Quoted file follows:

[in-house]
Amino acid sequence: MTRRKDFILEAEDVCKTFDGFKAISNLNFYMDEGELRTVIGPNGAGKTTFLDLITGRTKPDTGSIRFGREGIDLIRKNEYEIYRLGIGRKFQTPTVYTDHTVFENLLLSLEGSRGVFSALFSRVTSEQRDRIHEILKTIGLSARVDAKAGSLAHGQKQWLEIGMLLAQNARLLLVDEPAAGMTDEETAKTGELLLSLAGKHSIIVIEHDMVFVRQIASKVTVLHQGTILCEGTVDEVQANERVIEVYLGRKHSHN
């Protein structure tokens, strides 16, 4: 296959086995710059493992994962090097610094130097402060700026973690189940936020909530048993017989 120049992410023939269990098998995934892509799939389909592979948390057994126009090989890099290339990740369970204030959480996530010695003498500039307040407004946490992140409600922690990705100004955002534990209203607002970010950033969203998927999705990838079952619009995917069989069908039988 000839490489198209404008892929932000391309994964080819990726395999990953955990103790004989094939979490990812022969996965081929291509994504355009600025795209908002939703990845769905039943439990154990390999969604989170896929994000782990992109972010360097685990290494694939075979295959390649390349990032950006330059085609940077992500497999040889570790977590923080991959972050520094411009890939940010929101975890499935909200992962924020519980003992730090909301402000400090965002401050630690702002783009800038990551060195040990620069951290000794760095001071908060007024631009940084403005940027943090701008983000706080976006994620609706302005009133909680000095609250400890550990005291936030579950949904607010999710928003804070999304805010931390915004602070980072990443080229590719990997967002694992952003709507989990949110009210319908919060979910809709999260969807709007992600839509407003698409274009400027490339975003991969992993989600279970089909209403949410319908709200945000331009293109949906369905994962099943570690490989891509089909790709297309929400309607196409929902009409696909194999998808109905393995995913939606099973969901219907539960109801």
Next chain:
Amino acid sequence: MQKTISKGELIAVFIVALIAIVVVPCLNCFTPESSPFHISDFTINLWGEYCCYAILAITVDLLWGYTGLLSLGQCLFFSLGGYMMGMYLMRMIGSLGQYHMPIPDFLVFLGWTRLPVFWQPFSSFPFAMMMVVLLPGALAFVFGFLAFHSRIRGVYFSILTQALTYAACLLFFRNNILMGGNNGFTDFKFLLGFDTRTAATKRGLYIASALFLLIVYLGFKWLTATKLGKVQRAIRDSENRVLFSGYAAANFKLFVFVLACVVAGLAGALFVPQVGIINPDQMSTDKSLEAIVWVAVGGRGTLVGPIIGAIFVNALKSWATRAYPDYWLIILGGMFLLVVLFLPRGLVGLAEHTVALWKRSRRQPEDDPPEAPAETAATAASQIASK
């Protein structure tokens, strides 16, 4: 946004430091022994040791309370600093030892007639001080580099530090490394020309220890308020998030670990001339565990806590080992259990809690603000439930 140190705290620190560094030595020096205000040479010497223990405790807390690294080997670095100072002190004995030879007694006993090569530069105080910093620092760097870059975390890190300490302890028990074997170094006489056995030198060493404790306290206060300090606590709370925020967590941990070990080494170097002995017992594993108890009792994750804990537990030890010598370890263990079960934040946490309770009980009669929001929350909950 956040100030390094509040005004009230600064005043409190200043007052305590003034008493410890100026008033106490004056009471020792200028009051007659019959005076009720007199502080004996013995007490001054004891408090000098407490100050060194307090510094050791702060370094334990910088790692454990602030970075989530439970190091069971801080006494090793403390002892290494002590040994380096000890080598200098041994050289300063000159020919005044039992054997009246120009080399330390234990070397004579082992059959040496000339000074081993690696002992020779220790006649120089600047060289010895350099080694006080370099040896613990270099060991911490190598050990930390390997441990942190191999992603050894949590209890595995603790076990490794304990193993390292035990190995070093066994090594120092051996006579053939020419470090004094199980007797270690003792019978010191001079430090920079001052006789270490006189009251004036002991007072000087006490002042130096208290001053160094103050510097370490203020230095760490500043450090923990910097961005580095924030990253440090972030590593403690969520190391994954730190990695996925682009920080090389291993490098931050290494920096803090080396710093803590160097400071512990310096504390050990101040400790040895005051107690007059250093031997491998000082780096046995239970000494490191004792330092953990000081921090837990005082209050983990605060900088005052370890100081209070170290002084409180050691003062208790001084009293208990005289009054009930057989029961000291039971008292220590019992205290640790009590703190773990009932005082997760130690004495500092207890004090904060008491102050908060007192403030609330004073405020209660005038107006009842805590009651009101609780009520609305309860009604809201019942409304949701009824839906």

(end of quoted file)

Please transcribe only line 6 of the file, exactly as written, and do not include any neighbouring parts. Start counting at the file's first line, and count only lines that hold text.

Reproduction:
């Protein structure tokens, strides 16, 4: 946004430091022994040791309370600093030892007639001080580099530090490394020309220890308020998030670990001339565990806590080992259990809690603000439930 140190705290620190560094030595020096205000040479010497223990405790807390690294080997670095100072002190004995030879007694006993090569530069105080910093620092760097870059975390890190300490302890028990074997170094006489056995030198060493404790306290206060300090606590709370925020967590941990070990080494170097002995017992594993108890009792994750804990537990030890010598370890263990079960934040946490309770009980009669929001929350909950 956040100030390094509040005004009230600064005043409190200043007052305590003034008493410890100026008033106490004056009471020792200028009051007659019959005076009720007199502080004996013995007490001054004891408090000098407490100050060194307090510094050791702060370094334990910088790692454990602030970075989530439970190091069971801080006494090793403390002892290494002590040994380096000890080598200098041994050289300063000159020919005044039992054997009246120009080399330390234990070397004579082992059959040496000339000074081993690696002992020779220790006649120089600047060289010895350099080694006080370099040896613990270099060991911490190598050990930390390997441990942190191999992603050894949590209890595995603790076990490794304990193993390292035990190995070093066994090594120092051996006579053939020419470090004094199980007797270690003792019978010191001079430090920079001052006789270490006189009251004036002991007072000087006490002042130096208290001053160094103050510097370490203020230095760490500043450090923990910097961005580095924030990253440090972030590593403690969520190391994954730190990695996925682009920080090389291993490098931050290494920096803090080396710093803590160097400071512990310096504390050990101040400790040895005051107690007059250093031997491998000082780096046995239970000494490191004792330092953990000081921090837990005082209050983990605060900088005052370890100081209070170290002084409180050691003062208790001084009293208990005289009054009930057989029961000291039971008292220590019992205290640790009590703190773990009932005082997760130690004495500092207890004090904060008491102050908060007192403030609330004073405020209660005038107006009842805590009651009101609780009520609305309860009604809201019942409304949701009824839906």